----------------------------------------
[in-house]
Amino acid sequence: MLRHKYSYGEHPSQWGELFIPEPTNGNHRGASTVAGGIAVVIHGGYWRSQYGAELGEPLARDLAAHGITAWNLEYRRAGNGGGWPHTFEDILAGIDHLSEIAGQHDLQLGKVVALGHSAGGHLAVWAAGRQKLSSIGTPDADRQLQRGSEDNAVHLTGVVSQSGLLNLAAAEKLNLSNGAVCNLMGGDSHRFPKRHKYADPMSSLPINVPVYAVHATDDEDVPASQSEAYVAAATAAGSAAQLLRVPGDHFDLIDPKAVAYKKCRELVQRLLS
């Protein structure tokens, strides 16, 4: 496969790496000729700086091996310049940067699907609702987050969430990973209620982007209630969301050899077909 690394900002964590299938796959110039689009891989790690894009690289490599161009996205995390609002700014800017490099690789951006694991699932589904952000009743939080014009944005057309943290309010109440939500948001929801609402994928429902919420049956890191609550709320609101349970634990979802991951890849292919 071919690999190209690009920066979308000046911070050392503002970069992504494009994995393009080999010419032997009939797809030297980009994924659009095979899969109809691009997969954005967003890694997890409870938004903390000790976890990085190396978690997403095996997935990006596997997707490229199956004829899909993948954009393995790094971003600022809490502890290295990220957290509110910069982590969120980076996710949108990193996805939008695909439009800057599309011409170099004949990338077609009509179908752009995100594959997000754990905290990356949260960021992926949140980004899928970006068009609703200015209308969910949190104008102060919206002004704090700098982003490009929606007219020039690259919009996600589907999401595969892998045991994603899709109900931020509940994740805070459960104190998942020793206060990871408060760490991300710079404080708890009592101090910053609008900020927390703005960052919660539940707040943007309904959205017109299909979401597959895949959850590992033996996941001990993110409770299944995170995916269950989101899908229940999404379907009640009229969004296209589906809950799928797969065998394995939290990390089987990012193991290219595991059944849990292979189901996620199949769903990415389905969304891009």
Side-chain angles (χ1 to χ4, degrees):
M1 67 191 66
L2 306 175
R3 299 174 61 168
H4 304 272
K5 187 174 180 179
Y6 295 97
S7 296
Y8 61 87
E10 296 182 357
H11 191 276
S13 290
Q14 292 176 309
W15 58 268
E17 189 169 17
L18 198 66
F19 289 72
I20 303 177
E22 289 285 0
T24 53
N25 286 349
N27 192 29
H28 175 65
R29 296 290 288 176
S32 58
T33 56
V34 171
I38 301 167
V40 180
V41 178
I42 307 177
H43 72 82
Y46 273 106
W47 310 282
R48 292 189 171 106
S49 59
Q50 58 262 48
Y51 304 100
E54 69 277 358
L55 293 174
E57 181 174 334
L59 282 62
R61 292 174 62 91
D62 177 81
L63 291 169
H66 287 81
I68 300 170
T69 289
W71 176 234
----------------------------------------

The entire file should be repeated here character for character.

[in-house]
Amino acid sequence: MLRHKYSYGEHPSQWGELFIPEPTNGNHRGASTVAGGIAVVIHGGYWRSQYGAELGEPLARDLAAHGITAWNLEYRRAGNGGGWPHTFEDILAGIDHLSEIAGQHDLQLGKVVALGHSAGGHLAVWAAGRQKLSSIGTPDADRQLQRGSEDNAVHLTGVVSQSGLLNLAAAEKLNLSNGAVCNLMGGDSHRFPKRHKYADPMSSLPINVPVYAVHATDDEDVPASQSEAYVAAATAAGSAAQLLRVPGDHFDLIDPKAVAYKKCRELVQRLLS
């Protein structure tokens, strides 16, 4: 496969790496000729700086091996310049940067699907609702987050969430990973209620982007209630969301050899077909 690394900002964590299938796959110039689009891989790690894009690289490599161009996205995390609002700014800017490099690789951006694991699932589904952000009743939080014009944005057309943290309010109440939500948001929801609402994928429902919420049956890191609550709320609101349970634990979802991951890849292919 071919690999190209690009920066979308000046911070050392503002970069992504494009994995393009080999010419032997009939797809030297980009994924659009095979899969109809691009997969954005967003890694997890409870938004903390000790976890990085190396978690997403095996997935990006596997997707490229199956004829899909993948954009393995790094971003600022809490502890290295990220957290509110910069982590969120980076996710949108990193996805939008695909439009800057599309011409170099004949990338077609009509179908752009995100594959997000754990905290990356949260960021992926949140980004899928970006068009609703200015209308969910949190104008102060919206002004704090700098982003490009929606007219020039690259919009996600589907999401595969892998045991994603899709109900931020509940994740805070459960104190998942020793206060990871408060760490991300710079404080708890009592101090910053609008900020927390703005960052919660539940707040943007309904959205017109299909979401597959895949959850590992033996996941001990993110409770299944995170995916269950989101899908229940999404379907009640009229969004296209589906809950799928797969065998394995939290990390089987990012193991290219595991059944849990292979189901996620199949769903990415389905969304891009």
Side-chain angles (χ1 to χ4, degrees):
M1 67 191 66
L2 306 175
R3 299 174 61 168
H4 304 272
K5 187 174 180 179
Y6 295 97
S7 296
Y8 61 87
E10 296 182 357
H11 191 276
S13 290
Q14 292 176 309
W15 58 268
E17 189 169 17
L18 198 66
F19 289 72
I20 303 177
E22 289 285 0
T24 53
N25 286 349
N27 192 29
H28 175 65
R29 296 290 288 176
S32 58
T33 56
V34 171
I38 301 167
V40 180
V41 178
I42 307 177
H43 72 82
Y46 273 106
W47 310 282
R48 292 189 171 106
S49 59
Q50 58 262 48
Y51 304 100
E54 69 277 358
L55 293 174
E57 181 174 334
L59 282 62
R61 292 174 62 91
D62 177 81
L63 291 169
H66 287 81
I68 300 170
T69 289
W71 176 234